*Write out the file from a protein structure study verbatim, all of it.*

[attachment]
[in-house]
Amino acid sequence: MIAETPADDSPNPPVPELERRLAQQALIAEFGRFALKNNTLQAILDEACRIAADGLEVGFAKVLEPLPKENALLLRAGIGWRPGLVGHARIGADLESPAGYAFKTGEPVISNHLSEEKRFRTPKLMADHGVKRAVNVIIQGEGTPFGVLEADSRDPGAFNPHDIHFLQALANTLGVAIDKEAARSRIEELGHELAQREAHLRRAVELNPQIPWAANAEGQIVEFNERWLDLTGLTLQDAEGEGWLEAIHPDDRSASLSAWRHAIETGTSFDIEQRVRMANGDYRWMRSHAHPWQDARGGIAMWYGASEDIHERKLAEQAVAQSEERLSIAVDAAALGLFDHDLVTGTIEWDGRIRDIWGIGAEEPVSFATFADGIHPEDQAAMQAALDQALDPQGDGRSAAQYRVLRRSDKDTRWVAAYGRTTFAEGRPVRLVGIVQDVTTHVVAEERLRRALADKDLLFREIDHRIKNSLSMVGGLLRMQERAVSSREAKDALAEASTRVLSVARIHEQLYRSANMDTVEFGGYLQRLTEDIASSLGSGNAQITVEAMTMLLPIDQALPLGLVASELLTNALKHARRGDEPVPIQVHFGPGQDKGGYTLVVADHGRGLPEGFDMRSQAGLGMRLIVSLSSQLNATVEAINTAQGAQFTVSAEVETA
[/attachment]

[in-house]
Amino acid sequence: MIAETPADDSPNPPVPELERRLAQQALIAEFGRFALKNNTLQAILDEACRIAADGLEVGFAKVLEPLPKENALLLRAGIGWRPGLVGHARIGADLESPAGYAFKTGEPVISNHLSEEKRFRTPKLMADHGVKRAVNVIIQGEGTPFGVLEADSRDPGAFNPHDIHFLQALANTLGVAIDKEAARSRIEELGHELAQREAHLRRAVELNPQIPWAANAEGQIVEFNERWLDLTGLTLQDAEGEGWLEAIHPDDRSASLSAWRHAIETGTSFDIEQRVRMANGDYRWMRSHAHPWQDARGGIAMWYGASEDIHERKLAEQAVAQSEERLSIAVDAAALGLFDHDLVTGTIEWDGRIRDIWGIGAEEPVSFATFADGIHPEDQAAMQAALDQALDPQGDGRSAAQYRVLRRSDKDTRWVAAYGRTTFAEGRPVRLVGIVQDVTTHVVAEERLRRALADKDLLFREIDHRIKNSLSMVGGLLRMQERAVSSREAKDALAEASTRVLSVARIHEQLYRSANMDTVEFGGYLQRLTEDIASSLGSGNAQITVEAMTMLLPIDQALPLGLVASELLTNALKHARRGDEPVPIQVHFGPGQDKGGYTLVVADHGRGLPEGFDMRSQAGLGMRLIVSLSSQLNATVEAINTAQGAQFTVSAEVETA